DVDizzy.com | DVD and Blu-ray Reviews | New and Upcoming DVD & Blu-ray Schedule | Upcoming Cover Art | Search This Site

Operation Finale Movie Review

Operation Finale (2018) movie poster Operation Finale

Theatrical Release: August 29, 2018 / Running Time: 118 Minutes / Rating: PG-13

Director: Chris Weitz / Writer: Matthew Orton

Cast: Oscar Isaac (Peter Malkin), Ben Kingsley (Adolf Eichmann/Ricardo Clement), Mélanie Laurent (Hanna Regev), Lior Raz (Isser Harel), Nick Kroll (Rafi Eitan), Michael Aronov (Zvi Aharoni), Ohad Knoller (Ephraim Ilian), Greg Hill (Moshe Tabor), Toren Liebrecht (Yaakov Gat), Michael Benjamin Hernandez (Dani Shalom), Joe Alwyn (Klaus Eichmann), Greta Scacchi (Vera Eichmann), Peter Strauss (Lothar Hermann), Haley Lu Richardson (Sylvia Hermann), Pêpê Rapazote (Carlos Fuldner), Rainer Reiners (Fritz Bauer), Simon Russell Beale (David Ben-Gurion), Rocio Muñoz (Graciela), Rita Pauls (Fruma)


If you only had the title to go on, you might assume Operation Finale was some generic direct-to-video action movie. It's not. This drama from director Chris Weitz (The Golden Compass,
About a Boy) and first-time screenwriter Matthew Orton tells the true story of efforts by Israeli spies in the Mossad to track down Adolf Eichmann, the Nazi who handled transportation logistics for eliminating six million Jews in the Holocaust.

In 1960, Eichmann (Ben Kingsley) is one of the biggest Nazi war criminals at large. Rather than kill himself like Hitler or stand trial at Nuremberg like twenty-four additional leaders of the Third Reich, Eichmann has moved to Buenos Aires, where he lives a somewhat quiet life under an assumed name.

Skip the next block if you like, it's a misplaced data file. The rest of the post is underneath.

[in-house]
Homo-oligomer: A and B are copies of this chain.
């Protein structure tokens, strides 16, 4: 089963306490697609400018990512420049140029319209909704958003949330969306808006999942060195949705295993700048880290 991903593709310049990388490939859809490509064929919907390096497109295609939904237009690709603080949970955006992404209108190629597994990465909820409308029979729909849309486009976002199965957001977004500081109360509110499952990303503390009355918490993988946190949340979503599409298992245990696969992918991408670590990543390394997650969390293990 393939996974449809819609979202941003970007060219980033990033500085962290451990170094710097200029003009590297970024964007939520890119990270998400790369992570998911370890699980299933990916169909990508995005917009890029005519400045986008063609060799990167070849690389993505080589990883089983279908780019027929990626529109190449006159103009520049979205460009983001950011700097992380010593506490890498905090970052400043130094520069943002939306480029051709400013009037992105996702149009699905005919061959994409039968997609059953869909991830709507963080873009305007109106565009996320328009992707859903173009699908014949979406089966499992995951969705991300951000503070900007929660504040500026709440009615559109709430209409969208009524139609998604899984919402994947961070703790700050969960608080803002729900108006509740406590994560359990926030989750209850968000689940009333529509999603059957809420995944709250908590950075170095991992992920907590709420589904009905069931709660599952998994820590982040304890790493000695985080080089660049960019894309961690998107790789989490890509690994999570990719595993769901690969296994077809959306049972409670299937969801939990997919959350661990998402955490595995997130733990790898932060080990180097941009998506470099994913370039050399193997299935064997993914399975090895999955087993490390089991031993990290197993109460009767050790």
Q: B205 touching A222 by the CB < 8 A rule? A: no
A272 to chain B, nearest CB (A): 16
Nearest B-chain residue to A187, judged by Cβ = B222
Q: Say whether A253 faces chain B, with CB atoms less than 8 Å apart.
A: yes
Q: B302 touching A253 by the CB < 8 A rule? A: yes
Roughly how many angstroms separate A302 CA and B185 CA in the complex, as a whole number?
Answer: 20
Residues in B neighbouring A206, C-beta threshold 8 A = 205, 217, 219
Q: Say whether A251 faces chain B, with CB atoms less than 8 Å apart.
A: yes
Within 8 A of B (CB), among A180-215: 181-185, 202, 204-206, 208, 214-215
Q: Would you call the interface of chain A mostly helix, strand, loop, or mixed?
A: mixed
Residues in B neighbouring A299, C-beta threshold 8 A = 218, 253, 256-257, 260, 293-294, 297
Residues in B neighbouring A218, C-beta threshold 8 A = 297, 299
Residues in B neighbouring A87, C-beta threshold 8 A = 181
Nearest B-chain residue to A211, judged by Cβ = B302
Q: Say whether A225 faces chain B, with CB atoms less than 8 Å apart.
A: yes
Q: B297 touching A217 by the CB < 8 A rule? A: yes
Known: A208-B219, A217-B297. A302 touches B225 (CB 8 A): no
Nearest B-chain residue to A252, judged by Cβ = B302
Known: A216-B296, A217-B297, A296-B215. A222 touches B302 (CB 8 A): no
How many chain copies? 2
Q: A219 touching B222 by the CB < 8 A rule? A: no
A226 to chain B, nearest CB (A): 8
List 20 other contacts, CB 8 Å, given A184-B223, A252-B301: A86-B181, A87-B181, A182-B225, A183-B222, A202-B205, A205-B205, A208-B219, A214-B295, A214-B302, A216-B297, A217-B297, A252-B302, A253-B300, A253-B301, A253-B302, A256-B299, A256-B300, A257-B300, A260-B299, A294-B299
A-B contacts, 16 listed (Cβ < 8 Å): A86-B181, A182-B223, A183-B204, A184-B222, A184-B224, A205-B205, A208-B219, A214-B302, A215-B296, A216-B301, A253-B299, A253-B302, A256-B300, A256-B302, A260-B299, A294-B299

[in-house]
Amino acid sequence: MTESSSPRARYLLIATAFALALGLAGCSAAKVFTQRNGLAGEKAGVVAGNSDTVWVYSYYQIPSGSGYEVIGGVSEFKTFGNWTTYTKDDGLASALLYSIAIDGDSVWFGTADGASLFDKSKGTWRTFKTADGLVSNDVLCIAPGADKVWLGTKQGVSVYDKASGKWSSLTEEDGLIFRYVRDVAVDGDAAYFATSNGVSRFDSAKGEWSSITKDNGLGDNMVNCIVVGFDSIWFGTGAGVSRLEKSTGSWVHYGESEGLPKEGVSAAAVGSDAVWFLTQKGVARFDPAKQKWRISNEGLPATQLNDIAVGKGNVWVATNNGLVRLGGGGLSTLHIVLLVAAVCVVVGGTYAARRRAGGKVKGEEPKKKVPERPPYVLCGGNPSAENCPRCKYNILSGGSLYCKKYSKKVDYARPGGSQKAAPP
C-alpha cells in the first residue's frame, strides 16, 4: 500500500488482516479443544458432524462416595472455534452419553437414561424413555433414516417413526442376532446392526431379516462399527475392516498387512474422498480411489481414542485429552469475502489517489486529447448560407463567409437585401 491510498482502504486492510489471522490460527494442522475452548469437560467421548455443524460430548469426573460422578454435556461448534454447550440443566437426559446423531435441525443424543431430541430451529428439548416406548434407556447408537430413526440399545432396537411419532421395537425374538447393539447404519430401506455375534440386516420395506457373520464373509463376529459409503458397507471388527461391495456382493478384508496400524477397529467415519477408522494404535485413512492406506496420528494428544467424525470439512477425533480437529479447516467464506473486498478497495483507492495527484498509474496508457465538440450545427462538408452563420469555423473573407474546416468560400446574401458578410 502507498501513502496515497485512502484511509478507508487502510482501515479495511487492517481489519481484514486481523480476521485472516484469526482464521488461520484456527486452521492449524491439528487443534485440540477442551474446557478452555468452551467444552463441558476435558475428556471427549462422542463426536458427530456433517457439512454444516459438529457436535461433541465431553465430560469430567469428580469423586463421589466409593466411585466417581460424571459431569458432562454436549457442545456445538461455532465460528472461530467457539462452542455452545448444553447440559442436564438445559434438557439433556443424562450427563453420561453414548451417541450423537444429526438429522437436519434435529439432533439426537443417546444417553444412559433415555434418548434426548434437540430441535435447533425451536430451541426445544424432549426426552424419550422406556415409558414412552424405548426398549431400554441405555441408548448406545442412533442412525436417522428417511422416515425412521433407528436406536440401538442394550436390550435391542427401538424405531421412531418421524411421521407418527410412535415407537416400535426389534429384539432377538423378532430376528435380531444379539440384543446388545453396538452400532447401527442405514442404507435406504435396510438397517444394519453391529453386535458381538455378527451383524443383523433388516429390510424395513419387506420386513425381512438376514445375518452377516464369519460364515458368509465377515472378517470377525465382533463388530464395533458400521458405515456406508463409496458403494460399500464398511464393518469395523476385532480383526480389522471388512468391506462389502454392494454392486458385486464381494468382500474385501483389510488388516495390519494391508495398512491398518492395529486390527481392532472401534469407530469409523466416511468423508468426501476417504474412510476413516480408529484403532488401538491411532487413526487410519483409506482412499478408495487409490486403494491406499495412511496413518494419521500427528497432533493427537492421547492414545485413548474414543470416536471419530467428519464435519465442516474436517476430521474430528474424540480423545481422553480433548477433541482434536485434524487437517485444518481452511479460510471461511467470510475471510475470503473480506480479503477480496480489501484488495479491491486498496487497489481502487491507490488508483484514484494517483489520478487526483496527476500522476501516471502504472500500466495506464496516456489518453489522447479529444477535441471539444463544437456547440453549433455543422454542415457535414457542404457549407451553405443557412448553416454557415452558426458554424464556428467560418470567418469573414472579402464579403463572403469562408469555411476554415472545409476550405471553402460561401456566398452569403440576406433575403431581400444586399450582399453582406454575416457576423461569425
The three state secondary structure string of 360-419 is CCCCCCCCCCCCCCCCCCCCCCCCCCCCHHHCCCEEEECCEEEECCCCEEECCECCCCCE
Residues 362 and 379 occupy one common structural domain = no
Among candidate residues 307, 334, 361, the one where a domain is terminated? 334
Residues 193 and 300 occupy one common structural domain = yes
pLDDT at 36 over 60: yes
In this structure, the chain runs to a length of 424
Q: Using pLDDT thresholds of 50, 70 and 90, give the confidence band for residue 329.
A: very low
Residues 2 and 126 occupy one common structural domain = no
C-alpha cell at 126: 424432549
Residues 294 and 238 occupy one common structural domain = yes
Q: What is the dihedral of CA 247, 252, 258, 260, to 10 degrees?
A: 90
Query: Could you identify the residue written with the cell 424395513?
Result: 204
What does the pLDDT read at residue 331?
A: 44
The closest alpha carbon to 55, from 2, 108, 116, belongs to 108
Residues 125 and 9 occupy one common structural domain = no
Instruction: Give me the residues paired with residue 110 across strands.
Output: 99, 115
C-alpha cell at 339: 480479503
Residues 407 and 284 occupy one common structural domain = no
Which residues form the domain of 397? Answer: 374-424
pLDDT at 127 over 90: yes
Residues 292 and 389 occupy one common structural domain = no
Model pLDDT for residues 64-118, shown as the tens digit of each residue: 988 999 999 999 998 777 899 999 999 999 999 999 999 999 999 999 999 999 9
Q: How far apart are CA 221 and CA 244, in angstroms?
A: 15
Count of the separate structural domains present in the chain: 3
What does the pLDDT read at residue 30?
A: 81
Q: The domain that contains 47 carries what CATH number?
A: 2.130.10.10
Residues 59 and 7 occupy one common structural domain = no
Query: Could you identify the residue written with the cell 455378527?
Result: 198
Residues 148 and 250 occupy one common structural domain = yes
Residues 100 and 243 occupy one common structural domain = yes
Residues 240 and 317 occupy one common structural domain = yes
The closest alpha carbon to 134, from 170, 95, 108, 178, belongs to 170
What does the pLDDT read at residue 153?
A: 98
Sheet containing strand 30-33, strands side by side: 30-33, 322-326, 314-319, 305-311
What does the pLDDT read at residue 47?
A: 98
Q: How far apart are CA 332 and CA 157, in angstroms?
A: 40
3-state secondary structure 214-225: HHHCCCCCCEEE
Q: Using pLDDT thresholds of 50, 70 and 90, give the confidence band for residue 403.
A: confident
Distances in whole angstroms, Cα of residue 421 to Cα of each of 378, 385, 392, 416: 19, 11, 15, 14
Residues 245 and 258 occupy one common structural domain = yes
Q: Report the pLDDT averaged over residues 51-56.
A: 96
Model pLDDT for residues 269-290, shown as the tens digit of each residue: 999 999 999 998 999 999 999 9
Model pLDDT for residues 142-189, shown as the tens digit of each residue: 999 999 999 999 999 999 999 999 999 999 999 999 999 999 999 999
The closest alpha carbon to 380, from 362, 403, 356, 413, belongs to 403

A pretty young woman (Haley Lu Richardson) catches the eye of a good-looking young man (Joe Alwyn) at an Argentine movie theater and it is that unlikely event that puts Eichmann on the Mossad's radars. The man is Eichmann's son and he has inherited his father's hatred of Jews, feelings he cultivates at a rally that makes his secretly Jewish new love interest more than a little uncomfortable.

The important thing for us is that the woman is able to get visual confirmation for the Israeli team swiftly assembled in South America, whose goal is not to kill Eichmann, the SS officer regarded as one of the key architects of the Nazis' so-called "Final Solution." No, the spies and officials are there to capture Eichmann alive and then bring him to Israel to stand trial there.

In "Operation Finale", Peter Malkin (Oscar Isaac) tries to persuade captured Nazi war criminal Adolf Eichmann (Ben Kingsley) to sign the document that will allow him to stand trial in 1960s Israel.

Most focal among our protagonists is Peter Malkin (Oscar Isaac), who is more accustomed to capturing Nazi war criminals dead than alive. Like his fellow Jews, Malkin's lament of the Holocaust has a personal angle; he lost his beloved sister in a scene that continues to haunt him to this day.

The majority of the two-hour runtime goes not to tracking down Eichmann but to getting him to sign a document